Showing posts with label best highlights. Show all posts
Showing posts with label best highlights. Show all posts

Sunday, November 9, 2014

The Evolution of Highlights

When highlighting made its first big debut it the Hair Industry, there was only one method available. The cap method of applying highlights involves the use of a special perforated cap that is placed over the hair. Strands of hair (the amount depends on how much highlighting is desired by the client) are pulled through the perforations with the use of a knitting needle.  This method works well for short hair (we all remember the 90's trend with the frosted tips!). This method can be hard to control the placement of the highlights and any bleeding spots, it also can be painful for the client having their long hair pulled through the cap.

Luckily we've come a long way since highlighting was first introduced in to the beauty industry. There are plenty of different techniques to give clients exactly what they are looking to achieve.


Highlights with Foil
This method has been around for about 25 years. It is successful, accurate, and a preference for many stylists due to the control they have with this technique. Foils are used to give fine, natural looking highlights placed very close to the scalp. This technique can also be used to give the "chunky" effect as well.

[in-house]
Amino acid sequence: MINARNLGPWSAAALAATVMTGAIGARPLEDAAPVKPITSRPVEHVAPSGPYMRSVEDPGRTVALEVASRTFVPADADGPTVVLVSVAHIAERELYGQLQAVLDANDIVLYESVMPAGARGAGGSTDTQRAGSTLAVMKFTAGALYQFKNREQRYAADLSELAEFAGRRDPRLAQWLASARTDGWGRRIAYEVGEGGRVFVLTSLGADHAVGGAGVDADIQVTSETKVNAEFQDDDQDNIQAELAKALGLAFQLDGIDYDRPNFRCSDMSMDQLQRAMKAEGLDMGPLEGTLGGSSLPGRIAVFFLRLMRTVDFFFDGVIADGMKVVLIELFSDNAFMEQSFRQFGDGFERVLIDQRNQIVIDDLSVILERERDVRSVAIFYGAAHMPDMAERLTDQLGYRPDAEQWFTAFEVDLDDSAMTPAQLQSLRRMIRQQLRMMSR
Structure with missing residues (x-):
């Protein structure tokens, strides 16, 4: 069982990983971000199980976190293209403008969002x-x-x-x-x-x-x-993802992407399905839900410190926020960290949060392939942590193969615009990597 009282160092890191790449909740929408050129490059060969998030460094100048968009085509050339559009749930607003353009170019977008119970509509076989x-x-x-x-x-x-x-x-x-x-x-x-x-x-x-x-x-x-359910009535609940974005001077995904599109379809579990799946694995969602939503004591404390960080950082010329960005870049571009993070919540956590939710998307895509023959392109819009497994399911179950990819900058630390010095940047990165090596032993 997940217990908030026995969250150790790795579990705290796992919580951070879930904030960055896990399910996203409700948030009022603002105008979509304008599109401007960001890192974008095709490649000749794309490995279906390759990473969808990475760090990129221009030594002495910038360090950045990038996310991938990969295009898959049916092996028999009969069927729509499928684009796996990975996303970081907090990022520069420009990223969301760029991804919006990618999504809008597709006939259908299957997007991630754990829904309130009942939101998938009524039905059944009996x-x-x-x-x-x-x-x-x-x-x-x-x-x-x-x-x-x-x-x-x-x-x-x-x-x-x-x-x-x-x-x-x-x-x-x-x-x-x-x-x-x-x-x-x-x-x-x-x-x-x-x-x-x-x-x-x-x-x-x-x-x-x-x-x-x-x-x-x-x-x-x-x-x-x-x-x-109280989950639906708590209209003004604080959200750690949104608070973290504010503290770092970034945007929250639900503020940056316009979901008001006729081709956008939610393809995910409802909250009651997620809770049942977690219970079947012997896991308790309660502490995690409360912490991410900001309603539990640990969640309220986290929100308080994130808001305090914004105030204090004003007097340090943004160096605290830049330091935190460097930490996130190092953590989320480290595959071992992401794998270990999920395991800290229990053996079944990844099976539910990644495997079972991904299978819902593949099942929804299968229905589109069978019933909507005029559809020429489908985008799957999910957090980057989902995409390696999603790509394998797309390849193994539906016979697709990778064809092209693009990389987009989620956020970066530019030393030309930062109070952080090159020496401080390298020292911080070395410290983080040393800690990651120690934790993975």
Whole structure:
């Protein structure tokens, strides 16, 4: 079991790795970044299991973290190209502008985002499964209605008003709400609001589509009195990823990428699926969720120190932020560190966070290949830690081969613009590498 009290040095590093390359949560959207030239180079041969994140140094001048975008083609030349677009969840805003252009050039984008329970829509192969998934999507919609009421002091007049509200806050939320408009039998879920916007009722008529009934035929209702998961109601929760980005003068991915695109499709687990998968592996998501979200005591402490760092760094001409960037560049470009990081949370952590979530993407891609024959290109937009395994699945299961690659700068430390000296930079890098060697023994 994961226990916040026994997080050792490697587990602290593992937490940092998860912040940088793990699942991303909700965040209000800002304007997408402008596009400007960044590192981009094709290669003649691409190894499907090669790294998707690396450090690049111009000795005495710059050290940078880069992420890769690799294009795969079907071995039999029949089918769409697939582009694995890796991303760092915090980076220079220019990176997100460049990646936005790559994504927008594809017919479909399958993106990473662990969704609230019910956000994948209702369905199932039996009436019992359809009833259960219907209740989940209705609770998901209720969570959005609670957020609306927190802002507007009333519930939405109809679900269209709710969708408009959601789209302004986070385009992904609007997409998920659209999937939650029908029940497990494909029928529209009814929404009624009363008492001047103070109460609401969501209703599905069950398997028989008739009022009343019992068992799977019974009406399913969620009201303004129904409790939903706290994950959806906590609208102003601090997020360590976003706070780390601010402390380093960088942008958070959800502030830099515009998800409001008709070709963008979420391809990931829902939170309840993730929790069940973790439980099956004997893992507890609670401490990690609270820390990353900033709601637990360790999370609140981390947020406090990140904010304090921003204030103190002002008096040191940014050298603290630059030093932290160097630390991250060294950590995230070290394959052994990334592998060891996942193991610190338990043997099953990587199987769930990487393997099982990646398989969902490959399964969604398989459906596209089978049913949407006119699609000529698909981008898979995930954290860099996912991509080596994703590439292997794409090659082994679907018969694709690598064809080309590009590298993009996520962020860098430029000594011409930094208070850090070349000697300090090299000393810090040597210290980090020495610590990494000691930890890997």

Balayage/Free Hand Painting
Balayage is a French colouring technique that was developed in the 1970s. It’s a technique where the colour is applied by hand rather than using the traditional foiling. Balayage can be used in even the shortest pixie crop however the best results is in hair below the shoulders. The great thing about balayage is so many different effects from soft, natural highlights to something strong and punky can be achieved. It's also low maintenance which is a big key point for many clients.


Ombre
Ombre is a technique that can be done with foils or free handed. Hair is painted with bleach from the mid-shaft to the ends, with the densest area at the bottom of the hair shaft.
Done haphazardly, the effect can create a stark, unappealing contrast. However done correctly it is a low maintenance hair style that is up and trending!